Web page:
“Small crinkled edged black and white photos of Europe filled albums and boxes in my home when I was growing up. They were the product of my father's work with a Leica III rangefinder camera in various refugee centers after WWII. These simple pictures represented the world from which I came, and were very special to me. The look and feel of those photos, as well as the 35 mm photojournalism of the 40’s and 50’s, continue to influence my ‘through-the-lens’ vision today. Although my work is frequently pictorial, I love to emulate the style of masters like Cartier-Bresson, Eisenstaedt, Capa, and Kertész as they capture ‘the decisive moment’. Whenever and wherever I travel, the images I record and subsequently transform into artwork via the digital or ‘wet’ darkroom are often my most precious souvenirs. Thoreau once wrote that he could not fully appreciate the beauty of a nature scene without composing poetry to reflect his impressions. For me, I do not fully savor what I encounter until my vision, or ‘the moment,’ is esthetically captured for presentation. Whether here or abroad, I strive to record what may be the ordinary, but attempt to present it as extraordinary.”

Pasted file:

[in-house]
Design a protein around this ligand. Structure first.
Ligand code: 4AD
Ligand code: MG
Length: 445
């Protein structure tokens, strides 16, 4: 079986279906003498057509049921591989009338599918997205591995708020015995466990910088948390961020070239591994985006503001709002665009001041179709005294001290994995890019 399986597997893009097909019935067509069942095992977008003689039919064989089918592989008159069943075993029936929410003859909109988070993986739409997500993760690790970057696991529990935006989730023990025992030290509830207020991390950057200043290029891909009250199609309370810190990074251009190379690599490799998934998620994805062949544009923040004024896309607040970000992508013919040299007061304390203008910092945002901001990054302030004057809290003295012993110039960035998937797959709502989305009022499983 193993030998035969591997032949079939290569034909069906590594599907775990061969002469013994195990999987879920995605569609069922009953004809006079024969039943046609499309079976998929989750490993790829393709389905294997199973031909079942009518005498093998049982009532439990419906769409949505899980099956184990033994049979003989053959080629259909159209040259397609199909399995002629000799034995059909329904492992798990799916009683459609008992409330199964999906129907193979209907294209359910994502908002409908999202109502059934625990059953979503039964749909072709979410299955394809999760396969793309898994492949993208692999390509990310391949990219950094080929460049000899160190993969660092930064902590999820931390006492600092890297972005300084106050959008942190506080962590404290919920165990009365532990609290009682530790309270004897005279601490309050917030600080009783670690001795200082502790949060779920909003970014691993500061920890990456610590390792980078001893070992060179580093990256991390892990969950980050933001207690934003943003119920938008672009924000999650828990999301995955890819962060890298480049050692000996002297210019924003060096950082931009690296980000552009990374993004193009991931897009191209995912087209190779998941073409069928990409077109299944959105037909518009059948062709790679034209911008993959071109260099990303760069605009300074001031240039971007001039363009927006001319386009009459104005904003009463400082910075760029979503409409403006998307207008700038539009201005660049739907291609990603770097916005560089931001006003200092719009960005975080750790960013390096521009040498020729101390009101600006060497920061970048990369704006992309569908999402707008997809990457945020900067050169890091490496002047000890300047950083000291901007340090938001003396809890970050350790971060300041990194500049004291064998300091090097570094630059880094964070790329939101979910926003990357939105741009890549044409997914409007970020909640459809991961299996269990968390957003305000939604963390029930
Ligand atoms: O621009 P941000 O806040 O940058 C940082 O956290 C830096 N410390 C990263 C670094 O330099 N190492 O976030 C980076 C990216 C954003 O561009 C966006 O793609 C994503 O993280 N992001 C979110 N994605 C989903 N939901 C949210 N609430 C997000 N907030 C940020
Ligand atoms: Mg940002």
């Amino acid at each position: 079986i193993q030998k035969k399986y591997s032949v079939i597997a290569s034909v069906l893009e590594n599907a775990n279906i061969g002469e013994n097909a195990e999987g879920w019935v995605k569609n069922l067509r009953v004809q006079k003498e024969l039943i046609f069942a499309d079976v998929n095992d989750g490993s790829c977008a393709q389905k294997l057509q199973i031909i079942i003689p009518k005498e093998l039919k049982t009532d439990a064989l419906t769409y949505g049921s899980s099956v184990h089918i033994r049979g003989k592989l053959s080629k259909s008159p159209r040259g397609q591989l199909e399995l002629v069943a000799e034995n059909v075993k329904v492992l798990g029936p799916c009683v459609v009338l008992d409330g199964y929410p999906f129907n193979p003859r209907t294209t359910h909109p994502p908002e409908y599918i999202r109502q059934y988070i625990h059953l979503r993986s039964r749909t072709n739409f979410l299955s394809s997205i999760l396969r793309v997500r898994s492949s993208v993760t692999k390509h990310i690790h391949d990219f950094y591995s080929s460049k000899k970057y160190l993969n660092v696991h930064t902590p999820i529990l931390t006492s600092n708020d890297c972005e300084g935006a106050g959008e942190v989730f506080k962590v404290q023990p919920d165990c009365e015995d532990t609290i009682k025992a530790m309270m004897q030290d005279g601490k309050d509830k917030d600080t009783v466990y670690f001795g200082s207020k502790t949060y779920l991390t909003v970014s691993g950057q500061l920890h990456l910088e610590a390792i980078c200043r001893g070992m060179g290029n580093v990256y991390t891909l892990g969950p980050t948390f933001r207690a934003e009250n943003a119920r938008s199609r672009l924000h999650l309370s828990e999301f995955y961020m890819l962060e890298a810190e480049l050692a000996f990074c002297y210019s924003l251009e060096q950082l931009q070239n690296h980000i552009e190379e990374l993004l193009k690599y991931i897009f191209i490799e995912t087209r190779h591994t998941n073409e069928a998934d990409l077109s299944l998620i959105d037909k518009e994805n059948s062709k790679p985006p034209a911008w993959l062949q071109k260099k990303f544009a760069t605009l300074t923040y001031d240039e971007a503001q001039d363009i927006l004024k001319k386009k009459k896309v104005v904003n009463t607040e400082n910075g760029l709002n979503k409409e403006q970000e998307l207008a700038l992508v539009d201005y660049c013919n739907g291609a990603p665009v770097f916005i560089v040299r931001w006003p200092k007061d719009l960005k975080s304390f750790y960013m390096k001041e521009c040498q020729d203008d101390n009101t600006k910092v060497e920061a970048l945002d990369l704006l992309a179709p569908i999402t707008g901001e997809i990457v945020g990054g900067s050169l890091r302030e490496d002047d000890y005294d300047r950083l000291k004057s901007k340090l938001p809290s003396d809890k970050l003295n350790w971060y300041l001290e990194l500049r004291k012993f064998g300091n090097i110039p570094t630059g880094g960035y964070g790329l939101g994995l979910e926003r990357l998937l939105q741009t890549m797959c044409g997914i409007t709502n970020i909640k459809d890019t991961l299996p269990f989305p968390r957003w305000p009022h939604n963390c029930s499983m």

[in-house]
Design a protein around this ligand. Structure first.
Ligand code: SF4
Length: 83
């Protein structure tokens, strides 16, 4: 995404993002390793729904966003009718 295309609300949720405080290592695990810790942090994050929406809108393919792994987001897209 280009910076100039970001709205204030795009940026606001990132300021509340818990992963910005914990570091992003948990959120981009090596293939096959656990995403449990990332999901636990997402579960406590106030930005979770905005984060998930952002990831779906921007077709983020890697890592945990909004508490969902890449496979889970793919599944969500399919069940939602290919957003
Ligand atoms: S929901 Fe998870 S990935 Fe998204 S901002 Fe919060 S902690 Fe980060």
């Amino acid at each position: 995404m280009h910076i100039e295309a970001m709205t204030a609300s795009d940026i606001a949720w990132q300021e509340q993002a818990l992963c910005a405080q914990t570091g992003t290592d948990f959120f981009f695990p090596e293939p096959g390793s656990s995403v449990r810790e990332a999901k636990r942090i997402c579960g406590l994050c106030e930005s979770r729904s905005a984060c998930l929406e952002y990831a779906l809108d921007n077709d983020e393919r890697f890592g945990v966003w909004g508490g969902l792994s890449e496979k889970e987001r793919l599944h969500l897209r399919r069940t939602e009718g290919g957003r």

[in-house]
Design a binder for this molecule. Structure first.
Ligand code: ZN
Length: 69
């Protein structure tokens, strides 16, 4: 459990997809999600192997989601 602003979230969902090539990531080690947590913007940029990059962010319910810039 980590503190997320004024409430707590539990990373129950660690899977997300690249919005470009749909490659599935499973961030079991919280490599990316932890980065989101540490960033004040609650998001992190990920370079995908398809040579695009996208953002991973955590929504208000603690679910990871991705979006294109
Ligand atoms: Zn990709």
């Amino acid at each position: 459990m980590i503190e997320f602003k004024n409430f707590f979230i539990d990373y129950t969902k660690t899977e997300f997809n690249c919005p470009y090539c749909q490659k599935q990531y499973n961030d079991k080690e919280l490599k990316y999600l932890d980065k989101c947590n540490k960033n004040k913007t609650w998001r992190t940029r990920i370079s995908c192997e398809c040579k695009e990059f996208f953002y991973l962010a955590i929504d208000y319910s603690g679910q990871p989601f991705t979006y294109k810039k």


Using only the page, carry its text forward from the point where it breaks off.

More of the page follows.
David is currently in the encore phase of his career. For almost forty years he maintained a periodontal practice and teaching appointment at the Harvard School of Dental Medicine in addition to remaining engaged in a variety of community projects. Simultaneously he pursued his passion for photography. In 1996, David published, Journey to Poland: a family mission. In photographs and text, the volume chronicled his investigative trip to Poland researching the experience of his parents during the war in Europe seventy years ago.
With periodontics now playing a lesser role in daily life, David channels increased energy into his photographic art. He frequently pairs imagery with writing to create photo-essays for exhibition and web viewing, and also strives to advance the mission of various not-for-profit organizations using photography.
When film was the light-sensitive media of choice, David primarily attuned his eye to image capture as a B&W art form. With images now customarily recorded digitally, his portfolio has expanded and is replete with color. During the ‘film era’, his greatest photographic joy was experienced shooting with a vintage Leica III, circa 1950, formerly used by his father.
Read more about David's photography here: http://www.uscj.org/Do_Jewish_Artists_Ma8208.html